Software Development: Dealing with the Anxiety I Didn’t Know I Had
Doesn’t working on a month-long, group project building an app with a bunch of people you’ve never met before sound super fun?
Mmmm… Debatable. But, that’s how Labs, the last course at Lambda School, is structured.
Luckily, I had an awesome team. We worked on the Human Rights First app. The purpose of the app is to provide intel on judges to help Refugee Representatives prepare for their asylum cases.
The project seemed awesome. Given that the stakeholders were lawyers and I have a bunch of lawyers in my family, I was feeling pretty confident going into Labs.
Then, we were given access to the code, and my confidence started to deflate as my fears and insecurities started to settle in. Things were no longer awesome. The code seemed insurmountable. I was beyond overwhelmed, not sure where to begin.
A teammate submitted a pull request the second day of Labs, which meant that he had already figured things out, while I was nowhere near that point. Any remaining confidence that I had was fully deflated.
A mixture of panic, worry, and adrenaline started coursing through my system, resulting in my hands physically shaking.
I asked myself: What’s wrong with me?
I had totally forgotten to eat. Maybe, food will fix it.
I’ve been coding, zooming, and doing homework on my computer for hours. Maybe, walking will fix it.
Later as I laid in bed, my mind wouldn’t stop racing, just looping through the day. The force quit button wasn’t working, and I couldn’t shut my system down.
Again, I asked myself: What’s wrong with me?
Anxiety. Anxiety’s been a new concept for me. It’s possible I’ve always had it, but software development has really brought it to the forefront. Throughout Lambda School, I’d more or less been able to manage it. However, Labs was a totally different story. My anxiety took center stage, and she’s not fun.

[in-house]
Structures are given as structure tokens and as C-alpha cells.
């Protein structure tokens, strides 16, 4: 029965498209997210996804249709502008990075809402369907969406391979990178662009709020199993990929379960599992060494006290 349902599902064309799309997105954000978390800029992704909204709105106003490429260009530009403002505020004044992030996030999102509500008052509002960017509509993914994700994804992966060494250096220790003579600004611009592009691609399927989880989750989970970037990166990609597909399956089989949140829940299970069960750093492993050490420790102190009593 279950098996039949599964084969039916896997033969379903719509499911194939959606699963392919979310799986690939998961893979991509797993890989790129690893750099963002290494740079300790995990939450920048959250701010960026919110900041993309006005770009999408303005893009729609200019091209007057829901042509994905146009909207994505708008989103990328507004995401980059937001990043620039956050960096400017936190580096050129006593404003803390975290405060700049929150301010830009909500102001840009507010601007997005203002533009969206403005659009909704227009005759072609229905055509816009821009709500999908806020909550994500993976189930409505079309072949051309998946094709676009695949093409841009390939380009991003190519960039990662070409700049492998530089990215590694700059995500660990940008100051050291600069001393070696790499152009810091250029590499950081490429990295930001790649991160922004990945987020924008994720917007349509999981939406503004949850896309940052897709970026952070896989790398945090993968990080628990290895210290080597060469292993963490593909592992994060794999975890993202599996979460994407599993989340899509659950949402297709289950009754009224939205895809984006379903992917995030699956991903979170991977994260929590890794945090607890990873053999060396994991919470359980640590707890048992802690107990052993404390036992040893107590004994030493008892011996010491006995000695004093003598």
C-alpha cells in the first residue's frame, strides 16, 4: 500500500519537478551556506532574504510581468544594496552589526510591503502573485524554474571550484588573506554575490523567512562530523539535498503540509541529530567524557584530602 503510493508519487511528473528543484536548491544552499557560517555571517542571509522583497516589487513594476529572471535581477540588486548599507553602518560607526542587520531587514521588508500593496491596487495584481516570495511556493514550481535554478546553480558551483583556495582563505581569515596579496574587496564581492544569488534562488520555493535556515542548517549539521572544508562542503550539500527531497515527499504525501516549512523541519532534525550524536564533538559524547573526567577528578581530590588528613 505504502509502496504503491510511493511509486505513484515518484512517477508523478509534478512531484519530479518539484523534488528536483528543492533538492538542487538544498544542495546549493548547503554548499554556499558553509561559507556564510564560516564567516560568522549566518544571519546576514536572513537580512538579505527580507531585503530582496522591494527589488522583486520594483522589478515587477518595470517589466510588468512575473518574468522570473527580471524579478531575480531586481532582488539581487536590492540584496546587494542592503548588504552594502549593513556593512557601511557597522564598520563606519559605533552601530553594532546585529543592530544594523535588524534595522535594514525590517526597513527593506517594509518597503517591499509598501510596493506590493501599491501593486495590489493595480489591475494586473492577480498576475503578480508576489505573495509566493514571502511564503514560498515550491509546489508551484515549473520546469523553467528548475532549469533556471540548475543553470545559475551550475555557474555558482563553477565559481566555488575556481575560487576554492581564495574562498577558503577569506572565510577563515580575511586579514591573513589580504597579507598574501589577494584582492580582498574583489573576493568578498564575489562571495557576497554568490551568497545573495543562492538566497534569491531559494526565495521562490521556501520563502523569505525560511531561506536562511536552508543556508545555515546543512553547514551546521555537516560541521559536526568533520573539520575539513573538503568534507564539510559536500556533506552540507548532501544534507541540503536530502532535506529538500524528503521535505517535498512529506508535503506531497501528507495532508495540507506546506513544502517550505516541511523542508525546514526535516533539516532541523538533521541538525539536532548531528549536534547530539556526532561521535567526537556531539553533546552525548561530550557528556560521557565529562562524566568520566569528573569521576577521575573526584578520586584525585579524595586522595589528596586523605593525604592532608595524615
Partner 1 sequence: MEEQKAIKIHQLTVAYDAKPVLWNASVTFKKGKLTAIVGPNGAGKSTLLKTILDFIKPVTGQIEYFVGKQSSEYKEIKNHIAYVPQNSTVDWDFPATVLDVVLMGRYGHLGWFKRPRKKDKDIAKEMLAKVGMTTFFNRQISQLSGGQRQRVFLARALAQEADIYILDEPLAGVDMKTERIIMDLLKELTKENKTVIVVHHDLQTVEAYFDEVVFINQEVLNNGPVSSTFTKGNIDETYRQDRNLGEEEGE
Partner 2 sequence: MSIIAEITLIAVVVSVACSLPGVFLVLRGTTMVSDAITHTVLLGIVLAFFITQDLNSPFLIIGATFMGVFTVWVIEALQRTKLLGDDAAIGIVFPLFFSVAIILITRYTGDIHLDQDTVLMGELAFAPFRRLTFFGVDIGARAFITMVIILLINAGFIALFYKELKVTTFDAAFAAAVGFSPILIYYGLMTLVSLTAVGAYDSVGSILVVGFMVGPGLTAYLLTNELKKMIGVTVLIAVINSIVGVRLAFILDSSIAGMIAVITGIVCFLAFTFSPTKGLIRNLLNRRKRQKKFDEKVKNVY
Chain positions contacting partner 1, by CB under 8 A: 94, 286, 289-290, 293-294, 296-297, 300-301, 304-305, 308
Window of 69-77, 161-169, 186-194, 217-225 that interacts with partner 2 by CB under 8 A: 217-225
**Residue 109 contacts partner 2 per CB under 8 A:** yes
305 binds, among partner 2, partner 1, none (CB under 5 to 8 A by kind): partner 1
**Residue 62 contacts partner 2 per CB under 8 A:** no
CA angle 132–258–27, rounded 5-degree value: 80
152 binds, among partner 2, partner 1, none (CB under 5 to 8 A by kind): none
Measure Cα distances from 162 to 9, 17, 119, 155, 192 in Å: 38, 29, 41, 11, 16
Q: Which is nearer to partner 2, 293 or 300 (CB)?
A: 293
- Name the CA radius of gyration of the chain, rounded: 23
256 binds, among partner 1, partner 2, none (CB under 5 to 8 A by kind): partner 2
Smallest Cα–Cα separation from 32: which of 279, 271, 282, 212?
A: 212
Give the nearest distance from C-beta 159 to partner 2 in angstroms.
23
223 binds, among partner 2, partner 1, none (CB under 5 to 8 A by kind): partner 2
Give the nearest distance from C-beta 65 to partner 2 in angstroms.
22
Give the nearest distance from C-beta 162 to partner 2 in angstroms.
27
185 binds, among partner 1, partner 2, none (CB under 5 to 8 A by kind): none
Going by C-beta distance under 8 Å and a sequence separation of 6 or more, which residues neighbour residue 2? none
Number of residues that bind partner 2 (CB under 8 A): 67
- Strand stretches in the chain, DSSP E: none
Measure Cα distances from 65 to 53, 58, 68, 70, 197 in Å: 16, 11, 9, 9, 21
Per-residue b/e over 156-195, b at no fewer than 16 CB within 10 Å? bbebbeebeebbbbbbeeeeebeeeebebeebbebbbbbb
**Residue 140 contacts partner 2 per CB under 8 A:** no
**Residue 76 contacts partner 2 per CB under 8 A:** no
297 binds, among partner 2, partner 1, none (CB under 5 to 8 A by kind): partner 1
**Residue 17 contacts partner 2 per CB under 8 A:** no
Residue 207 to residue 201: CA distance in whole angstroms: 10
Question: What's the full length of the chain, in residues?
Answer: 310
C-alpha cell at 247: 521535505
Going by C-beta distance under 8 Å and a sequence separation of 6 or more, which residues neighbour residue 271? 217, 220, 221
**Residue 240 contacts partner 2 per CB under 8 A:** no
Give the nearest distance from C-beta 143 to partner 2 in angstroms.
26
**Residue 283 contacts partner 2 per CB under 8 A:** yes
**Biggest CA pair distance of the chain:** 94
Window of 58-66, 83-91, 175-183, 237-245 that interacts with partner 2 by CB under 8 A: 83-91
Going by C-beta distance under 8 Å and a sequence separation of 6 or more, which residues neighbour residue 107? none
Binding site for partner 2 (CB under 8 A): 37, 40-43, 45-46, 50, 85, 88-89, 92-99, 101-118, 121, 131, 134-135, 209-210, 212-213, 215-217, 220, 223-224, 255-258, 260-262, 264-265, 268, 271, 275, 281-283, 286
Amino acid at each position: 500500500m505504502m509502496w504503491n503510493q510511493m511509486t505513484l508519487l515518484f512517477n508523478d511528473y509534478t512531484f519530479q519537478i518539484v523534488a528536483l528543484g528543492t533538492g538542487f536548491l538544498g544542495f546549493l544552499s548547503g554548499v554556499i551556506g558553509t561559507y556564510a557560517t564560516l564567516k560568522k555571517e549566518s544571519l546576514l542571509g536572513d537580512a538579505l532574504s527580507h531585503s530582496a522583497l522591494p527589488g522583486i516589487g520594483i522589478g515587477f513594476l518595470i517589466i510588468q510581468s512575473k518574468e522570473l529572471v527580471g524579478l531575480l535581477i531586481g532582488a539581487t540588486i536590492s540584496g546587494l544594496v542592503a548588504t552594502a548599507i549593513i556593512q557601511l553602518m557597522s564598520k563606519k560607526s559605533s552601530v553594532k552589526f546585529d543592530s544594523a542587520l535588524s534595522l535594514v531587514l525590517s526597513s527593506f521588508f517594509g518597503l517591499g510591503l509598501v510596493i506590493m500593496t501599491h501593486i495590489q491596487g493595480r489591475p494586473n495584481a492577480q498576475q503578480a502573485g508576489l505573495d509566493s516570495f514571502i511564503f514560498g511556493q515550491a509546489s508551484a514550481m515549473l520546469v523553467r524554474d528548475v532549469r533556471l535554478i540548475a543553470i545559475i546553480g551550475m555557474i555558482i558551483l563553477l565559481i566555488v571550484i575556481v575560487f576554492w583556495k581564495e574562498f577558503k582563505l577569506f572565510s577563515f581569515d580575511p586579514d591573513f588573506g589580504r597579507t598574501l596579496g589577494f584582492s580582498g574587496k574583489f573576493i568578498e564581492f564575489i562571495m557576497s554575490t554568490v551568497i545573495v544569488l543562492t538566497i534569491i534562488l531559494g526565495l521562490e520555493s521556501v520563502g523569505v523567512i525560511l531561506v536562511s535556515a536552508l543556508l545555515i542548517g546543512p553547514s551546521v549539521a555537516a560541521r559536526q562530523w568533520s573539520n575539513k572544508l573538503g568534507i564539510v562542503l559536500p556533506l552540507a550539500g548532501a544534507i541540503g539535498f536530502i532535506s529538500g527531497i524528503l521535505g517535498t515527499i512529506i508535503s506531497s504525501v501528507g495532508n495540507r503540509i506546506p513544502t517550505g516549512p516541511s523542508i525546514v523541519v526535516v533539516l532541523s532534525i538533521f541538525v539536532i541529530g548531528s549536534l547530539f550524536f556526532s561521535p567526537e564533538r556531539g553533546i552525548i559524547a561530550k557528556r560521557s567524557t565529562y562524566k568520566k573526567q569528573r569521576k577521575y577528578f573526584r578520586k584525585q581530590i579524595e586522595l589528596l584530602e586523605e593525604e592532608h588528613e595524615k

In fact, she’s so unfun that I’ve started taking some courses by Dr. Valerie Rein to help calm my nervous system. These are some of the tips and tricks that I’ve learned from Dr. Valerie’s work that have helped me:
How this works is:
- You start by taking some deep breaths
- Looking at your surroundings
- Listening to the sounds or lack of sounds
- Smelling and tasting
- Touching like touching your skin because that releases oxytocin, which will make you happy
How this works is:
- You start with taking a deep breath in and holding it
- Squeeze everything: face, arms, stomach, feet, all your body parts
- Hold it for a few seconds
- You exhale and release
- Shaking everything out
- Repeat until you feel calm
Finally, the biggest lesson I learned was that the stories I tell myself are NOT TRUE. For example, I repeatedly told myself that “I’m totally failing Labs. I’m falling so far behind. Maybe I should flex. I’m not ready to graduate. And on and on and on.”
By allowing self-doubt, insecurity, and imposter syndrome to take control, I started self-sabotaging myself because these untrue stories actually started becoming true. It wasn’t until I sat down with my anxiety and felt all the feelings, which is a super unfun process, that I could take back control of the narrative.
Although I have not overcome my anxiety during Labs, I have learned to not fight it. Instead, I am going to acknowledge my shaking hands, squirming stomach, and racing heart and give my feelings as much space as they need. Then, I’m going to repower and shake.
While dealing with anxiety is less awesome, knowing how to manage it is awesome because developing software is hard, and we’re going to be asked to solve problems that initially may seem insurmountable. So, it’s important to have some tools in our toolbox that help us regain our confidence and step up to the challenge.